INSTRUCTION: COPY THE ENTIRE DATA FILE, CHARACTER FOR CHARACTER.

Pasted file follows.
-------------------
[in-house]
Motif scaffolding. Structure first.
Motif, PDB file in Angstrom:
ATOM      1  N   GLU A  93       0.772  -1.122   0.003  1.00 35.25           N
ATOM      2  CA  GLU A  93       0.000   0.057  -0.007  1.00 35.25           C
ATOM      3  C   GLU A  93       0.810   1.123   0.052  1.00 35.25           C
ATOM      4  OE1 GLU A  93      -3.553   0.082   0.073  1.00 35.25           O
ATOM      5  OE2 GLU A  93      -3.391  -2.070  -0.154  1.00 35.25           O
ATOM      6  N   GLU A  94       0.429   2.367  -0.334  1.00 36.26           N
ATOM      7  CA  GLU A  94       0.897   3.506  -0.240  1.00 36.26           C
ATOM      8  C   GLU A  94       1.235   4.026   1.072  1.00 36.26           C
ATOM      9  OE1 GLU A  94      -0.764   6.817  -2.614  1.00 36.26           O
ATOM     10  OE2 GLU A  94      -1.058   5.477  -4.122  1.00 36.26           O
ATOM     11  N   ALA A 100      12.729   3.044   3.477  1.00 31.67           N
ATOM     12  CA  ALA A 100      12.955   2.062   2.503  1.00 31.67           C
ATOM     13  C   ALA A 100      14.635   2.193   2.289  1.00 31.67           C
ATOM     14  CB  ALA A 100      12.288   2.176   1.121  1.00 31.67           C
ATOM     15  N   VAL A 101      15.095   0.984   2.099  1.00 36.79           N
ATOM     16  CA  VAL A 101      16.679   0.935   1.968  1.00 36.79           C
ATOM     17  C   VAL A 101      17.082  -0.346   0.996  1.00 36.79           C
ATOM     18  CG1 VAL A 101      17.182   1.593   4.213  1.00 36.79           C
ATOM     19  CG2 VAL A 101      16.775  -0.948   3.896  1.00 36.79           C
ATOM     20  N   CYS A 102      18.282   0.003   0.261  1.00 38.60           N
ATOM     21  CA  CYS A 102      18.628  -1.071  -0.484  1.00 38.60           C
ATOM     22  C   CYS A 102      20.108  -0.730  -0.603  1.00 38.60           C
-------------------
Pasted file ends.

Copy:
[in-house]
Motif scaffolding. Structure first.
Motif, PDB file in Angstrom:
ATOM      1  N   GLU A  93       0.772  -1.122   0.003  1.00 35.25           N
ATOM      2  CA  GLU A  93       0.000   0.057  -0.007  1.00 35.25           C
ATOM      3  C   GLU A  93       0.810   1.123   0.052  1.00 35.25           C
ATOM      4  OE1 GLU A  93      -3.553   0.082   0.073  1.00 35.25           O
ATOM      5  OE2 GLU A  93      -3.391  -2.070  -0.154  1.00 35.25           O
ATOM      6  N   GLU A  94       0.429   2.367  -0.334  1.00 36.26           N
ATOM      7  CA  GLU A  94       0.897   3.506  -0.240  1.00 36.26           C
ATOM      8  C   GLU A  94       1.235   4.026   1.072  1.00 36.26           C
ATOM      9  OE1 GLU A  94      -0.764   6.817  -2.614  1.00 36.26           O
ATOM     10  OE2 GLU A  94      -1.058   5.477  -4.122  1.00 36.26           O
ATOM     11  N   ALA A 100      12.729   3.044   3.477  1.00 31.67           N
ATOM     12  CA  ALA A 100      12.955   2.062   2.503  1.00 31.67           C
ATOM     13  C   ALA A 100      14.635   2.193   2.289  1.00 31.67           C
ATOM     14  CB  ALA A 100      12.288   2.176   1.121  1.00 31.67           C
ATOM     15  N   VAL A 101      15.095   0.984   2.099  1.00 36.79           N
ATOM     16  CA  VAL A 101      16.679   0.935   1.968  1.00 36.79           C
ATOM     17  C   VAL A 101      17.082  -0.346   0.996  1.00 36.79           C
ATOM     18  CG1 VAL A 101      17.182   1.593   4.213  1.00 36.79           C
ATOM     19  CG2 VAL A 101      16.775  -0.948   3.896  1.00 36.79           C
ATOM     20  N   CYS A 102      18.282   0.003   0.261  1.00 38.60           N
ATOM     21  CA  CYS A 102      18.628  -1.071  -0.484  1.00 38.60           C
ATOM     22  C   CYS A 102      20.108  -0.730  -0.603  1.00 38.60           C